Use in special populations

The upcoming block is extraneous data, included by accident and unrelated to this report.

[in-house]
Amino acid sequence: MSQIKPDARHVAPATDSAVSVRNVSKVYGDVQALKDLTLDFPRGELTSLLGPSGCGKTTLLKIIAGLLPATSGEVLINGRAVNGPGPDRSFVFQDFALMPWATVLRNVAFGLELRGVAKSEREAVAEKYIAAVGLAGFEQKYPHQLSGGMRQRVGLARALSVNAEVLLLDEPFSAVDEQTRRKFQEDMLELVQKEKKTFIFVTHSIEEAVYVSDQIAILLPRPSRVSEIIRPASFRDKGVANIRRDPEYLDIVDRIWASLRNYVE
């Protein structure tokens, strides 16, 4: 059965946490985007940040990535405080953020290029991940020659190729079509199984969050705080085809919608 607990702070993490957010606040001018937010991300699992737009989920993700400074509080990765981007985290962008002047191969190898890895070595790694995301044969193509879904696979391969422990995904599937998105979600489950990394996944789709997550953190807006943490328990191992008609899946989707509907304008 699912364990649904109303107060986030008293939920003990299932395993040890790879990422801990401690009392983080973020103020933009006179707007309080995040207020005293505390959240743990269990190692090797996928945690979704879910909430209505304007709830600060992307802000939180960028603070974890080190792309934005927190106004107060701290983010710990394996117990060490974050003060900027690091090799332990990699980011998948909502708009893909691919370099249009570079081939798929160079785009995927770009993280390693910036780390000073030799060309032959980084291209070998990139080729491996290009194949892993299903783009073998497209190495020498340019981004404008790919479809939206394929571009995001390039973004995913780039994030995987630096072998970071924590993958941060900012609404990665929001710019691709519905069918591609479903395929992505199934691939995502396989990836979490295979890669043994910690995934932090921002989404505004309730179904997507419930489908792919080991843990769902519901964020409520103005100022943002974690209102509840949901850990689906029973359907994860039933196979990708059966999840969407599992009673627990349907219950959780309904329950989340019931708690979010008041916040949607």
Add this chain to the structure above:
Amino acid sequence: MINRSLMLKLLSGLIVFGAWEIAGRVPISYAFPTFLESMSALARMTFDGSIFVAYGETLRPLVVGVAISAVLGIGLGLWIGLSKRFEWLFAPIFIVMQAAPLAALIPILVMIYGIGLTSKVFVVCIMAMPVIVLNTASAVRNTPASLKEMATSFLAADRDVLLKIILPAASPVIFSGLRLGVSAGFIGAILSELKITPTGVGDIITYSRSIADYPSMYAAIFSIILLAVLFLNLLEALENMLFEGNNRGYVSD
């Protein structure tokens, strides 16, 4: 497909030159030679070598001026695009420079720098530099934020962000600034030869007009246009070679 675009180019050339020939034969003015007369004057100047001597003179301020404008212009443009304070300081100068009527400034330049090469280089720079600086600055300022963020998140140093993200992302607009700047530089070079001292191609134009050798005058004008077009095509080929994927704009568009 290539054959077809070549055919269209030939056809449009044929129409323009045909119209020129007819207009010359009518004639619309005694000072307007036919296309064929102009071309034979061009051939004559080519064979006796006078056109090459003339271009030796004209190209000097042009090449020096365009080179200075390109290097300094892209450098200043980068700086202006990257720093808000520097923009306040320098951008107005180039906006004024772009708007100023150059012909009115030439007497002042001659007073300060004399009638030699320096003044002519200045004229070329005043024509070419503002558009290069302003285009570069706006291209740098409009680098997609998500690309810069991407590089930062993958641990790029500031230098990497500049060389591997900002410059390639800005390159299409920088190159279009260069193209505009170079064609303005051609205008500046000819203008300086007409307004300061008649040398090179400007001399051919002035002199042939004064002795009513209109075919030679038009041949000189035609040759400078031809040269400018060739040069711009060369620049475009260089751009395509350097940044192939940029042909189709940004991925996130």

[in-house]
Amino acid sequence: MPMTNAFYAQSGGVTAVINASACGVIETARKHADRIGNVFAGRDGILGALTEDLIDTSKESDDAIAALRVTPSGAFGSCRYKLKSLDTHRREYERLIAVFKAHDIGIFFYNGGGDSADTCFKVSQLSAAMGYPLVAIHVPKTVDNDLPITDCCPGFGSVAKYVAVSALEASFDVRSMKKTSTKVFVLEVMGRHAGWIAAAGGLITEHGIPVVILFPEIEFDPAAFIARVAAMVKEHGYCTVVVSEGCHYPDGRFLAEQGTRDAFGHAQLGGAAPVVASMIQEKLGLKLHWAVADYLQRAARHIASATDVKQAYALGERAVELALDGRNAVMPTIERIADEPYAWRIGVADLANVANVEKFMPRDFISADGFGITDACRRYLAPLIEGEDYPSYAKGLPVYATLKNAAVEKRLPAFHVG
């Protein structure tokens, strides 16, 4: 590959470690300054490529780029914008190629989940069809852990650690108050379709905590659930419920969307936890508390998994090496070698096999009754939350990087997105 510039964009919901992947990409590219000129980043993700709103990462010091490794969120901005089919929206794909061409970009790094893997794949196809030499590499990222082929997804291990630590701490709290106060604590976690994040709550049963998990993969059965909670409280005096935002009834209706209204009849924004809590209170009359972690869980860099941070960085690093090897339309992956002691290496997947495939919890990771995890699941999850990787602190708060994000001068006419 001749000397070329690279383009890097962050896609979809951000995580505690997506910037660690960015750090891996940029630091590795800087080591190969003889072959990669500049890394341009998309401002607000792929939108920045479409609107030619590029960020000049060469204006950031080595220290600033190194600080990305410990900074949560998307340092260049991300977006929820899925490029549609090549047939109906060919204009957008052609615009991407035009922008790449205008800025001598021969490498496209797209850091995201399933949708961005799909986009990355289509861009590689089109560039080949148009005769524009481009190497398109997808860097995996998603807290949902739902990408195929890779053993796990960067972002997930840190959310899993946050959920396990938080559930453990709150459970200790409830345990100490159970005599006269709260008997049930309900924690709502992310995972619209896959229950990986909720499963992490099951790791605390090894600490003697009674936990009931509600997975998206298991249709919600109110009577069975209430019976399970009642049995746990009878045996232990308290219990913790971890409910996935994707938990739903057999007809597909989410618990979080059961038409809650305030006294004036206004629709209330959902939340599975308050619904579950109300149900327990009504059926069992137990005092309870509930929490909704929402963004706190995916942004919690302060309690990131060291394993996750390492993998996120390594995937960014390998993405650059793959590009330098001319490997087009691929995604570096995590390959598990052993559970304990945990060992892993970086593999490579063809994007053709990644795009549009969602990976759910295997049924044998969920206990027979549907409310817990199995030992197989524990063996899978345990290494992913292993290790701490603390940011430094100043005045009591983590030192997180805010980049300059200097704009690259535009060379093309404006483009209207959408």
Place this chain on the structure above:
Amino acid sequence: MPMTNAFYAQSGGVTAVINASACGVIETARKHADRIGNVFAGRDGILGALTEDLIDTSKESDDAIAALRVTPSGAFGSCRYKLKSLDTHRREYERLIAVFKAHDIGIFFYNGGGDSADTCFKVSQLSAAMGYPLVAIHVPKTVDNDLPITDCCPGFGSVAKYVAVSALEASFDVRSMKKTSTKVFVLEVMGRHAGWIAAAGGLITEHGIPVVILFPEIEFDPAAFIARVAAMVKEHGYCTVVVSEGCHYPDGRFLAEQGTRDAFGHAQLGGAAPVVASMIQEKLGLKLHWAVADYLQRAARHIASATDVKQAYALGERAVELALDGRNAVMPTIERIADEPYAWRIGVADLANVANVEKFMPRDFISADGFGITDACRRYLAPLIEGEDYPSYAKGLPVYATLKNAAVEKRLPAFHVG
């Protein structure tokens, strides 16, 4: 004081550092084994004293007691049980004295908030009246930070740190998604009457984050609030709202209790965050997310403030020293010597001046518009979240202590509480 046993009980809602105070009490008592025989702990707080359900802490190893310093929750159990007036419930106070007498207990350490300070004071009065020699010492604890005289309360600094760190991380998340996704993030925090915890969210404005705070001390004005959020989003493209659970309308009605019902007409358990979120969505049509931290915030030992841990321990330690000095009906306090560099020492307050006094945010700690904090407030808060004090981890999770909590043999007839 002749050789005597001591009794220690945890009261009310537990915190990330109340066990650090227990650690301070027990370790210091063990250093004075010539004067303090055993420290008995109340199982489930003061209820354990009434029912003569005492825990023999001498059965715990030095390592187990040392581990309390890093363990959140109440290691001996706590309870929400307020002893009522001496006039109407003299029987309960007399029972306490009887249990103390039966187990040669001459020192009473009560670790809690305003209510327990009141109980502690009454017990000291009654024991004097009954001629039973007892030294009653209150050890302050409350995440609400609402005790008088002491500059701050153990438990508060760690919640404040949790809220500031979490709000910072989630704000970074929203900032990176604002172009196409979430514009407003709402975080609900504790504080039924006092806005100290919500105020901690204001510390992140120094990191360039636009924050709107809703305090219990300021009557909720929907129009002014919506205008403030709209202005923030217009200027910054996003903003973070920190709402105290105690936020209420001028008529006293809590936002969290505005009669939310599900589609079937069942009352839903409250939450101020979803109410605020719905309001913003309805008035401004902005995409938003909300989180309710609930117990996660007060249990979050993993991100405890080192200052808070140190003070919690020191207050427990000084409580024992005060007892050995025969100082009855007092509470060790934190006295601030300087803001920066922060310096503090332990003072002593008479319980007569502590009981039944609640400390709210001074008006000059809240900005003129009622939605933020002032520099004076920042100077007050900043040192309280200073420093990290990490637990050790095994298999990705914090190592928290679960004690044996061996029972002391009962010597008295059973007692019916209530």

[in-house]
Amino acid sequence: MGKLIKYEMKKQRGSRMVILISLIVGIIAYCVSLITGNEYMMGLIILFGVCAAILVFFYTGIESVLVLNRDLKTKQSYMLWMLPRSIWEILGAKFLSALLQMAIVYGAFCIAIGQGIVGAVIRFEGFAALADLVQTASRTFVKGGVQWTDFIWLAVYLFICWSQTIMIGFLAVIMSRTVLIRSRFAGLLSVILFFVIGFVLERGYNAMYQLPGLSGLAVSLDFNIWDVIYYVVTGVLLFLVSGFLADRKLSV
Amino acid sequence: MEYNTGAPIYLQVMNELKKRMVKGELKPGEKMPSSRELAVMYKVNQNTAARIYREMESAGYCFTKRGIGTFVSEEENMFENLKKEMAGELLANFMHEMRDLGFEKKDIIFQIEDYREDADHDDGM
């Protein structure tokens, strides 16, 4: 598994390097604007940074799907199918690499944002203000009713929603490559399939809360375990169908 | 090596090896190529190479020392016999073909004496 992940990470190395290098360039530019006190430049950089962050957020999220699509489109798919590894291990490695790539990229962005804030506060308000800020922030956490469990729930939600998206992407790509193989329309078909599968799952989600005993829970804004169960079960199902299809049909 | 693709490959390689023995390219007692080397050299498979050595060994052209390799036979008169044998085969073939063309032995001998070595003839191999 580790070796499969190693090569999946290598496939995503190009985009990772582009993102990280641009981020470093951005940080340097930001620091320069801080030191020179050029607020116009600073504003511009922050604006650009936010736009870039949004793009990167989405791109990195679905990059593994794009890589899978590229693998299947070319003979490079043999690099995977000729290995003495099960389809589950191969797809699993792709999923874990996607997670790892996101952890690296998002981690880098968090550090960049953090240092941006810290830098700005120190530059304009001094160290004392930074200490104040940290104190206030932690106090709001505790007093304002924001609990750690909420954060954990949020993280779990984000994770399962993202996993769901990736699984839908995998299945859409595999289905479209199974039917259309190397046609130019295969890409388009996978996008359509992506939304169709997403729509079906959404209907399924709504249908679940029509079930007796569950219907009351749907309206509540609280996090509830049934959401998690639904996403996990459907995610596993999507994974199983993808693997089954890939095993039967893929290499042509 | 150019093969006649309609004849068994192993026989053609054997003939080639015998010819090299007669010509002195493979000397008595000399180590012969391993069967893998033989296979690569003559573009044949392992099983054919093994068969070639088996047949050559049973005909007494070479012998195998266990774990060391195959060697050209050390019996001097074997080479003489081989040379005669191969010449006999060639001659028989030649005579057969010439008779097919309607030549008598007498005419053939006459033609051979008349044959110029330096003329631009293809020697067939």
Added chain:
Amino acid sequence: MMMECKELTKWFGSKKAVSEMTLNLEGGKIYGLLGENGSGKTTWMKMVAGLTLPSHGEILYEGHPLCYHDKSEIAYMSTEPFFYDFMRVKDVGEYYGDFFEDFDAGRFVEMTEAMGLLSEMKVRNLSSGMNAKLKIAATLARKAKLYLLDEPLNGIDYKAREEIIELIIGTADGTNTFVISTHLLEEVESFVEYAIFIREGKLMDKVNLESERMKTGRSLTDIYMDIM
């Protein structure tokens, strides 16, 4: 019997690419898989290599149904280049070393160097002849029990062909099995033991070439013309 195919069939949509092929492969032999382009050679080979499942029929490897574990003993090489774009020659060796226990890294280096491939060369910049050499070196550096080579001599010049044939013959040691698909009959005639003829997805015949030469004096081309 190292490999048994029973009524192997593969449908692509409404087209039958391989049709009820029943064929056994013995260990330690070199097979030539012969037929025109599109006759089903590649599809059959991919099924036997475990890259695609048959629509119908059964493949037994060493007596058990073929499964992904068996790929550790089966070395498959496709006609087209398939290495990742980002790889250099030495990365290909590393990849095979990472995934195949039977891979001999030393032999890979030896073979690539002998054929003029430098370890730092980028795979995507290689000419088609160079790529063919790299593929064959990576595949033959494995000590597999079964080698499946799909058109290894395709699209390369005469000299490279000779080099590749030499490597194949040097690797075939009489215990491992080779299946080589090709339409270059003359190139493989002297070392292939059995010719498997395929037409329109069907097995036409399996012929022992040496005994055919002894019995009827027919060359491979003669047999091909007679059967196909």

8 USE IN SPECIFIC POPULATIONS Pregnancy: Phenytoin (the active metabolite of CEREBYX) prenatal exposure may increase risks for congenital malformations and other adverse developmental outcomes (5.14, 8.1) Renal and/or Hepatic Impairment or Hypoalbuminemia: Monitor unbound phenytoin concentrations in these patients (8.6) 8.1 Pregnancy Pregnancy Exposure Registry There is a pregnancy exposure registry that monitors pregnancy outcomes in women exposed to antiepileptic drugs (AEDs), such as CEREBYX, during pregnancy. Physicians are advised to recommend that pregnant patients taking CEREBYX enroll in the North American Antiepileptic Drug (NAAED) Pregnancy Registry. This can be done by calling the toll free number 1-888-233-2334, and must be done by patients themselves. Information on the registry can also be found at the website http://www.aedpregnancyregistry.org/. Risk Summary In humans, prenatal exposure to phenytoin (the active metabolite of CEREBYX) may increase the risks for congenital malformations and other adverse developmental outcomes. Prenatal phenytoin exposure is associated with an increased incidence of major malformations, including orofacial clefts and cardiac defects. In addition, the fetal hydantoin syndrome, a pattern of abnormalities including dysmorphic skull and facial features, nail and digit hypoplasia, growth abnormalities (including microcephaly), and cognitive deficits has been reported among children born to epileptic women who took phenytoin alone or in combination with other antiepileptic drugs during pregnancy [see Data]. There have been several reported cases of malignancies, including neuroblastoma, in children whose mothers received phenytoin during pregnancy. Administration of phenytoin to pregnant animals resulted in an increased incidence of fetal malformations and other manifestations of developmental toxicity (including embryofetal death, growth impairment, and behavioral abnormalities) in multiple species at clinically relevant doses [see Data]. In the U.S. general population, the estimated background risk of major birth defects and of miscarriage in clinically recognized pregnancies is 2 to 4% and 15 to 20%, respectively. The background risk of major birth defects and miscarriage for the indicated population is unknown. Clinical Considerations Disease-associated maternal risk An increase in seizure frequency may occur during pregnancy because of altered phenytoin pharmacokinetics. Periodic measurement of serum phenytoin concentrations may be valuable in the management of pregnant women as a guide to appropriate adjustment of dosage [see Dosage and Administration (2.5, 2.9)]. However, postpartum restoration of the original dosage will probably be indicated. Fetal/Neonatal adverse reactions A potentially life-threatening bleeding disorder related to decreased levels of vitamin K-dependent clotting factors may occur in newborns exposed to phenytoin in utero. This drug-induced condition can be prevented with vitamin K administration to the mother before delivery and to the neonate after birth. Data Human Data Meta-analyses using data from published observational studies and registries have estimated an approximately 2.4-fold increased risk for any major malformation in children with prenatal phenytoin exposure compared to controls. An increased risk of heart defects, facial clefts, and digital hypoplasia has been reported. The fetal hydantoin syndrome is a pattern of congenital anomalies including craniofacial anomalies, nail and digital hypoplasia, prenatal-onset growth deficiency, and neurodevelopmental deficiencies. Animal Data Administration of phenytoin to pregnant rats, rabbits, and mice during organogenesis resulted in embryofetal death, fetal malformations, and decreased fetal growth. Malformations (including craniofacial, cardiovascular, neural, limb, and digit abnormalities) were observed in rats, rabbits, and mice at doses as low as 100, 75, and 12.5 mg/kg, respectively. 8.2 Lactation Risk Summary It is not known whether fosphenytoin is secreted in human milk. Following administration of phenytoin (the active metabolite of CEREBYX), phenytoin is secreted in human milk. The developmental and health benefits of breastfeeding should be considered along with the mother's clinical need for CEREBYX and any potential adverse effects on the breastfed infant from CEREBYX or from the underlying maternal condition. 8.4 Pediatric Use CEREBYX is indicated for the treatment of generalized tonic-clonic status epilepticus and prevention and treatment of seizures occurring during neurosurgery in all pediatric age groups [see Indications and Usage (1) and Dosage and Administration (2.3, 2.4)]. Because rapid intravenous administration of CEREBYX increases the risk of adverse cardiovascular reactions, the rate of administration should not exceed 2 mg PE/kg/min (or 150 mg PE/min, whichever is slower) in pediatric patients [see Dosage and Administration (2.3, 2.4) and Warnings and Precautions (5.2)]. 8.5 Geriatric Use No systematic studies in geriatric patients have been conducted. Phenytoin clearance tends to decrease with increasing age [see Clinical Pharmacology (12.3)]. Lower or less frequent dosing may be required [see Clinical Pharmacology (12.3) and Dosage and Administration (2.8)]. 8.6 Renal and/or Hepatic Impairment, or Hypoalbuminemia The liver is the site of biotransformation. Patients with impaired liver function, elderly patients, or those who are gravely ill may show early toxicity. Because the fraction of unbound phenytoin (the active metabolite of CEREBYX) is increased in patients with renal or hepatic disease, or in those with hypoalbuminemia, the monitoring of phenytoin serum levels should be based on the unbound fraction in those patients. After IV administration to patients with renal and/or hepatic disease, or in those with hypoalbuminemia, fosphenytoin clearance to phenytoin may be increased without a similar increase in phenytoin clearance. This has the potential to increase the frequency and severity of adverse events.